172. SEATINI, Uganda

173. Sentro ng mga Nagkakaisa at Progresibong Manggagawa (SENTRO), Philippines

174. Sisters of Charity Federation, United States

175. Slums and Rural Health Initiative-Rwanda

176. Social Watch Benin

177. Social Watch Philippines

178. SODECA, Kenya

179. Solidarité Agissante pour le Développement Familial (SADF), Democratic Republic of Congo

180. South Sudan Women’s Empowerment Network, South Sudan

181. Space Allies, Japan

182. SPECTRA, Rwanda

183. Spire, Norway

184. Spotlight Center, Lebanon

185. TEDIC, Paraguay

186. Temple of Understanding, USA

187. The Gender Studies Centre, Sudan

188. The Peninsula Foundation, India

189. Trade Justice Education Fund, United States

190. Trade Justice Network, Canada

191. Treatment Action Group, Unites States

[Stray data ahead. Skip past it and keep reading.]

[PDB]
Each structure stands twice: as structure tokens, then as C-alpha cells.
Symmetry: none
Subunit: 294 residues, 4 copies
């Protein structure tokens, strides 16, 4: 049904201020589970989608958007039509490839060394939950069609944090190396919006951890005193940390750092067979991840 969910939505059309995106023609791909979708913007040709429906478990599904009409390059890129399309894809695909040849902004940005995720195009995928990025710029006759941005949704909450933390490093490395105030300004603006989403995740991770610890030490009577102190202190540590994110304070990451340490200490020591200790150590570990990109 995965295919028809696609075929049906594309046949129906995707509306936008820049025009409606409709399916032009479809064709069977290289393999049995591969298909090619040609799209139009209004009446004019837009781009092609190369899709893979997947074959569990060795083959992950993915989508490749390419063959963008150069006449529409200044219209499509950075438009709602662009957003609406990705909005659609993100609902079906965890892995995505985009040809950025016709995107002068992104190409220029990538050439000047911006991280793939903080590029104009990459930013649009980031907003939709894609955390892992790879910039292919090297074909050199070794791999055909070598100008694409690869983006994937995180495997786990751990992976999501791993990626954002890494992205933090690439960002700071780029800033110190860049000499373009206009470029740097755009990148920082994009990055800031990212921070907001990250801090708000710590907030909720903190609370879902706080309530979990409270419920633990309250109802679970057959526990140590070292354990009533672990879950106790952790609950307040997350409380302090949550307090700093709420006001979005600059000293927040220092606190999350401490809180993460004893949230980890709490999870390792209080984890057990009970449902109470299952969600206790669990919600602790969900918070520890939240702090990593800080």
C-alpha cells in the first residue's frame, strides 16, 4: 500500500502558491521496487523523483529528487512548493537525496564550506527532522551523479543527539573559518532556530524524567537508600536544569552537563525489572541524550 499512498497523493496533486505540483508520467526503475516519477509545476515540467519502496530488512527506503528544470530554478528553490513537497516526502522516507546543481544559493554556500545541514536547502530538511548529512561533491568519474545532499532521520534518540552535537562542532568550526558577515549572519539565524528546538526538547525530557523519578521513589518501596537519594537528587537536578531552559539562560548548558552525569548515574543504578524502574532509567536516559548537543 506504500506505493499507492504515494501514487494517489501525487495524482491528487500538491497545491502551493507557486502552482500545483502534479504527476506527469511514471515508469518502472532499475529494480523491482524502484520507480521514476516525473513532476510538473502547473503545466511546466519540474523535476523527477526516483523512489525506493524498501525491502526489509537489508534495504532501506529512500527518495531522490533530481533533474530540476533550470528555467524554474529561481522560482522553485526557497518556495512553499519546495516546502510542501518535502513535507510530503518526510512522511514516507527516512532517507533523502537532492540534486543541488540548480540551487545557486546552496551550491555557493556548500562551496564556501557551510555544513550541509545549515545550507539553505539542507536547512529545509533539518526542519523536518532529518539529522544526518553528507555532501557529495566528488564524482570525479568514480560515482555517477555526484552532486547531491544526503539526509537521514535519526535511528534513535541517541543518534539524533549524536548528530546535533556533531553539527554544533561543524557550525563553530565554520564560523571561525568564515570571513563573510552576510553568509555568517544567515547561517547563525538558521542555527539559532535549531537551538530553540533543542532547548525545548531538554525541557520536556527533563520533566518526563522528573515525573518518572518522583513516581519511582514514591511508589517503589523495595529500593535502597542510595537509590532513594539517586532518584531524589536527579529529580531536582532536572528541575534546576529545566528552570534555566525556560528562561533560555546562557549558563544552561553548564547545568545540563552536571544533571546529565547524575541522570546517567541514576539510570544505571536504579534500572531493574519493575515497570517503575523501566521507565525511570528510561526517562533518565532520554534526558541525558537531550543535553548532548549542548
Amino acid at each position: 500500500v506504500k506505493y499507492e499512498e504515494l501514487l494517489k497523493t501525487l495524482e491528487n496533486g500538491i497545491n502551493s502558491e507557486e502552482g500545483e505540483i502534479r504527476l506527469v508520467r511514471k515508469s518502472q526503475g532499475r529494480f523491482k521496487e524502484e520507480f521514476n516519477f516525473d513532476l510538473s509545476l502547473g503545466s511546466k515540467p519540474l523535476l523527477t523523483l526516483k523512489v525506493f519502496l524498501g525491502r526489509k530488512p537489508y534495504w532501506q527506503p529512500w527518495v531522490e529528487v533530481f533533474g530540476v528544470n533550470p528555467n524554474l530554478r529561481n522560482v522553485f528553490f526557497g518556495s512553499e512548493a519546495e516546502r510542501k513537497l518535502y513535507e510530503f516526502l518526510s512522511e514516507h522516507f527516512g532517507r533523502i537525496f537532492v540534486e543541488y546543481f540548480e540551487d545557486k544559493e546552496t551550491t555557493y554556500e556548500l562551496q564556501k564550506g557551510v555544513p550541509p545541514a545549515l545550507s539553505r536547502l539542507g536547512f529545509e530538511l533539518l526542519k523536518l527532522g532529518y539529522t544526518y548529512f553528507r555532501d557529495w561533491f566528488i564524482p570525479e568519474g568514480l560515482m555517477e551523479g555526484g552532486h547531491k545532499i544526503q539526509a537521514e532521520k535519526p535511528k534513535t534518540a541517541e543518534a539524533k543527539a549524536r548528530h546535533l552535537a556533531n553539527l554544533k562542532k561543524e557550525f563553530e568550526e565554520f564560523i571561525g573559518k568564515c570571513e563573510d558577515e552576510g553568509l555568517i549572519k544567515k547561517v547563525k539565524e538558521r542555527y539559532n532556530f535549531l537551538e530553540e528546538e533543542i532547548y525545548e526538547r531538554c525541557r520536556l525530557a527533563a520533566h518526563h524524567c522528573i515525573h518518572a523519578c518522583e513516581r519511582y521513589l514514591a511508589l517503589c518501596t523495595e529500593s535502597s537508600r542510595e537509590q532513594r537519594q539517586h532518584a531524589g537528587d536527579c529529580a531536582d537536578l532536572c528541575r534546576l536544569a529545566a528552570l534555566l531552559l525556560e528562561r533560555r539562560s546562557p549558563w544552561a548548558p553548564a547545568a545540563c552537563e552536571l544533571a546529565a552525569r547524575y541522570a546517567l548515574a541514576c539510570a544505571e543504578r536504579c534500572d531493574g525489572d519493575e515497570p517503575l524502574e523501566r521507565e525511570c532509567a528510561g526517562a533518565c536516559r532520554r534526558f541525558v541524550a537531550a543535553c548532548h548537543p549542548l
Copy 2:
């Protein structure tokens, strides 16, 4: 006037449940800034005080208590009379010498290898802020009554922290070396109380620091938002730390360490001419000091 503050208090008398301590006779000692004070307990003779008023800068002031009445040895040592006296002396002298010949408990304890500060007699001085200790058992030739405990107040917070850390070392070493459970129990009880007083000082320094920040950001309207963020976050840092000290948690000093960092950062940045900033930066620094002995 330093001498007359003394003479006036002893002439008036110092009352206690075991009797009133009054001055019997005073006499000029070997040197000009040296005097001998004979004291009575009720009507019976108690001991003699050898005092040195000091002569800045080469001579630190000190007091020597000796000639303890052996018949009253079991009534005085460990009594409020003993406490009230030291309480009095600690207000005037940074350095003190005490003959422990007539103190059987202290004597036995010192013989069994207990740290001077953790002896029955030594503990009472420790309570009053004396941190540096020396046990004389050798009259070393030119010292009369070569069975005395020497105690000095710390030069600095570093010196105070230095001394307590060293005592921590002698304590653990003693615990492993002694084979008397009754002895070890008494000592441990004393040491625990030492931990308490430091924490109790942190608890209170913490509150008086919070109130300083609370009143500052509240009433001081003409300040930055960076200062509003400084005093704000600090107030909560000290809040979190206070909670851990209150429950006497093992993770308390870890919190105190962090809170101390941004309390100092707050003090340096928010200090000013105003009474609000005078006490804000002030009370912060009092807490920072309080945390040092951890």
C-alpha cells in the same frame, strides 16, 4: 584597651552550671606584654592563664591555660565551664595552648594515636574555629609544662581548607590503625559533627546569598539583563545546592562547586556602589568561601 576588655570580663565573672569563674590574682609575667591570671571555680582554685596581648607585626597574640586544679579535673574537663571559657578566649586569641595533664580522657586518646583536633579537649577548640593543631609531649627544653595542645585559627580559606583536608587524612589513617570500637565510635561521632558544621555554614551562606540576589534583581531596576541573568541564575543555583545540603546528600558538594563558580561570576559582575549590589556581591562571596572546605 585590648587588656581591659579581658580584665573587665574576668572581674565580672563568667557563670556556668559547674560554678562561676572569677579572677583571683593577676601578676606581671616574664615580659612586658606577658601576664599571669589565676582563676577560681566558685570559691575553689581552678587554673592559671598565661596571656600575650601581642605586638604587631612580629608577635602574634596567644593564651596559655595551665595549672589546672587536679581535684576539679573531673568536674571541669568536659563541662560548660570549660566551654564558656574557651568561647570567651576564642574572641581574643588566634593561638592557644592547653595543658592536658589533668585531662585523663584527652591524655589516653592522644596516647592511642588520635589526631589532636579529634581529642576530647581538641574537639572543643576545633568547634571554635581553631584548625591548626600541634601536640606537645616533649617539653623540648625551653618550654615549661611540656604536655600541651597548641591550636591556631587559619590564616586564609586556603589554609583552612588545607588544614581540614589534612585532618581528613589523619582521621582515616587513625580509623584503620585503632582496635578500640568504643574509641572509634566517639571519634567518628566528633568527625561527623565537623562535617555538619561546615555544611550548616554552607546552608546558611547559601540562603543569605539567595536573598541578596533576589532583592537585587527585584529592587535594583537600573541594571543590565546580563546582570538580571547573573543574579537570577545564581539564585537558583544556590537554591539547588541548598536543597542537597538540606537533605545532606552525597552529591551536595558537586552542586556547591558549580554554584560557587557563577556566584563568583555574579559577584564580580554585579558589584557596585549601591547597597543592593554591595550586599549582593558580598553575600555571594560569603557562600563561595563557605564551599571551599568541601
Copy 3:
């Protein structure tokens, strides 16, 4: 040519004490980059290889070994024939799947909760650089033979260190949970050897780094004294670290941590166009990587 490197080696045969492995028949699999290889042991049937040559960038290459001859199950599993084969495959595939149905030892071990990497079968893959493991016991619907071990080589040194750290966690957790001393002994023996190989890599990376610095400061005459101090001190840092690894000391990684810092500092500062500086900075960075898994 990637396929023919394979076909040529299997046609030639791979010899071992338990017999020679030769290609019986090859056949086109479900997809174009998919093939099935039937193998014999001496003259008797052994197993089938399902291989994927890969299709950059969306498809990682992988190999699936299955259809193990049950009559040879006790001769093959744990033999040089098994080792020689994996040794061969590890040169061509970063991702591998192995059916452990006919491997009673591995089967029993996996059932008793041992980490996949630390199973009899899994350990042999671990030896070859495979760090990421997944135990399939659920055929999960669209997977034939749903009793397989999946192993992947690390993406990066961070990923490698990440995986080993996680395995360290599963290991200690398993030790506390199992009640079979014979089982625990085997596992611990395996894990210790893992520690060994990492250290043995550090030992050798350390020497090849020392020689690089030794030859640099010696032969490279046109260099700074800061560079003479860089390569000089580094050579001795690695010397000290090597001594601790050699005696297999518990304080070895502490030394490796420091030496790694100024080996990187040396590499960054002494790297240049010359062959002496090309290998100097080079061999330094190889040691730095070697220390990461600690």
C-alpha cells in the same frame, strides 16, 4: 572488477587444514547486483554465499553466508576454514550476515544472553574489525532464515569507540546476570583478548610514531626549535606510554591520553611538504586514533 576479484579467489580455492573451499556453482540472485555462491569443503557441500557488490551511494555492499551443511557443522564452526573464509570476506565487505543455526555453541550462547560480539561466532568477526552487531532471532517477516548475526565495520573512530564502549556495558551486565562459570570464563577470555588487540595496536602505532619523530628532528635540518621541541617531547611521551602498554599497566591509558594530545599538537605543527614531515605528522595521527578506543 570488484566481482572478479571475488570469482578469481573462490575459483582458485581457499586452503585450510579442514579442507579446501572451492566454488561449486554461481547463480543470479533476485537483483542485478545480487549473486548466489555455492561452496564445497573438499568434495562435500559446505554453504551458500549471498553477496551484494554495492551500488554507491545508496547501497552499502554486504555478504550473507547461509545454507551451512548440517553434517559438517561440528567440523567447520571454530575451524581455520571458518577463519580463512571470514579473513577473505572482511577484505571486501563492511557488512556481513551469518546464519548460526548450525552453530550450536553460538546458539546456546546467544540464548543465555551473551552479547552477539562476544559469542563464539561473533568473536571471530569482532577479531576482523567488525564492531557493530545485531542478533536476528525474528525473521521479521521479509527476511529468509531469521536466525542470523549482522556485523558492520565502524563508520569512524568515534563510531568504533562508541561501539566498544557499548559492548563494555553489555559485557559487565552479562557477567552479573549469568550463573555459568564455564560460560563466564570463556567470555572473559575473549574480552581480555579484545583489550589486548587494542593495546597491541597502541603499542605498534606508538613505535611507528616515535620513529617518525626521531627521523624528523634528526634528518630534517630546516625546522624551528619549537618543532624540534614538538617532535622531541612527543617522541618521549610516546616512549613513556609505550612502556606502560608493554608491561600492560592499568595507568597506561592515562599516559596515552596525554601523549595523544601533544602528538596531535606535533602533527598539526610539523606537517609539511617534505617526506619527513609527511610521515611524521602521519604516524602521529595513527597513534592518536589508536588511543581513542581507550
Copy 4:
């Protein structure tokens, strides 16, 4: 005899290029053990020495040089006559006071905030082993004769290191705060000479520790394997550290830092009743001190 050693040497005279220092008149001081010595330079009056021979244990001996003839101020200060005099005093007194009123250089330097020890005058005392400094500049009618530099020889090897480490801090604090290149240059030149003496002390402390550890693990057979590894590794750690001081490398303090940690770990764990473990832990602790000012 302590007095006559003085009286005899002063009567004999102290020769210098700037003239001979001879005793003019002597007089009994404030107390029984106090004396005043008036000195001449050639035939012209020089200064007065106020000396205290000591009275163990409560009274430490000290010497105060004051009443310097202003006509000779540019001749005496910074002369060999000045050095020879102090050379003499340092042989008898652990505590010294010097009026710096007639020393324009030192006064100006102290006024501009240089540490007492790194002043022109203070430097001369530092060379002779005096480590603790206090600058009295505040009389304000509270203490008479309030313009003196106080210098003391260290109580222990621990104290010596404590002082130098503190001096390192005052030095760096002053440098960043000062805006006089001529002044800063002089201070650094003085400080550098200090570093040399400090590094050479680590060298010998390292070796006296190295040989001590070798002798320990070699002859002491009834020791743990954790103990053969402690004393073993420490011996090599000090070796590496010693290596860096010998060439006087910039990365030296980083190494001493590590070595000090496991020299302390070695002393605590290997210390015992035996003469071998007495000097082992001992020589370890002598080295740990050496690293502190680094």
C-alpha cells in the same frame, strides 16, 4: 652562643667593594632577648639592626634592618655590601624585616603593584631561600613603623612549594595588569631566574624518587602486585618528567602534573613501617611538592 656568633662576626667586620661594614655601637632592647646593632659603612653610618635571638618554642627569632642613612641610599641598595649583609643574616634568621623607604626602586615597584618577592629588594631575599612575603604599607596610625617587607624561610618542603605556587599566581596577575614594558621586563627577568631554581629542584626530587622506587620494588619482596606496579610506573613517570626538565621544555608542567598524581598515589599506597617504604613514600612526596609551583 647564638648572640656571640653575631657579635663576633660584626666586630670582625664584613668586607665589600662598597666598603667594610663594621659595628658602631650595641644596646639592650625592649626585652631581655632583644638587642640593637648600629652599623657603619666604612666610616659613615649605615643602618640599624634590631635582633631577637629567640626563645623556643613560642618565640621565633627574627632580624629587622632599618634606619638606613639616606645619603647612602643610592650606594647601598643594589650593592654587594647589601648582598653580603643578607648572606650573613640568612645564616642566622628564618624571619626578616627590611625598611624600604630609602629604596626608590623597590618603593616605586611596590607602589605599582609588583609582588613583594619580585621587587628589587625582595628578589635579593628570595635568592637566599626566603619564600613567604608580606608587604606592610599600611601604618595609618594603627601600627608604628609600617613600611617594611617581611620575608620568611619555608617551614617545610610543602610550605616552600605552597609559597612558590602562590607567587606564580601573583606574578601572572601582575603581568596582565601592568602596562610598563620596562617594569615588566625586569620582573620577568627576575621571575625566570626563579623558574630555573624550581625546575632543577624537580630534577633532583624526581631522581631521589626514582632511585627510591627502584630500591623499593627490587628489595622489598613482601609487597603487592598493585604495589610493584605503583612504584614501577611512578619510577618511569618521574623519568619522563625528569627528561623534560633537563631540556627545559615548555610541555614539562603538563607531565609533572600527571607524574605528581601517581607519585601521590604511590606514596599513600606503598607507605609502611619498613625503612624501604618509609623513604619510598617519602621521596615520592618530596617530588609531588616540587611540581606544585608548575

192. UBINIG (Policy Research for Development Alternative), Bangladesh

193. Uganda National Health Users/ Consumer’s Organisation, Uganda

194. Unis pour l’Education SocioEnvironnemetale de la Femme en sigle UESEF, Democratic Republic of Congo

195. Veille Citoyenne Togo

196. Vietnam Network of People living with HIV (VNP+), Vietnam

197. Viva Salud, Belgium

198. War on Want, United Kingdom

199. WomanHealth Philippines

200. Women’s Coalition Against Cancer (WOCACA), Malawi

201. World Vision Deutschland e.V., Germany

202. Youth Foundation of Bangladesh

- Third World Network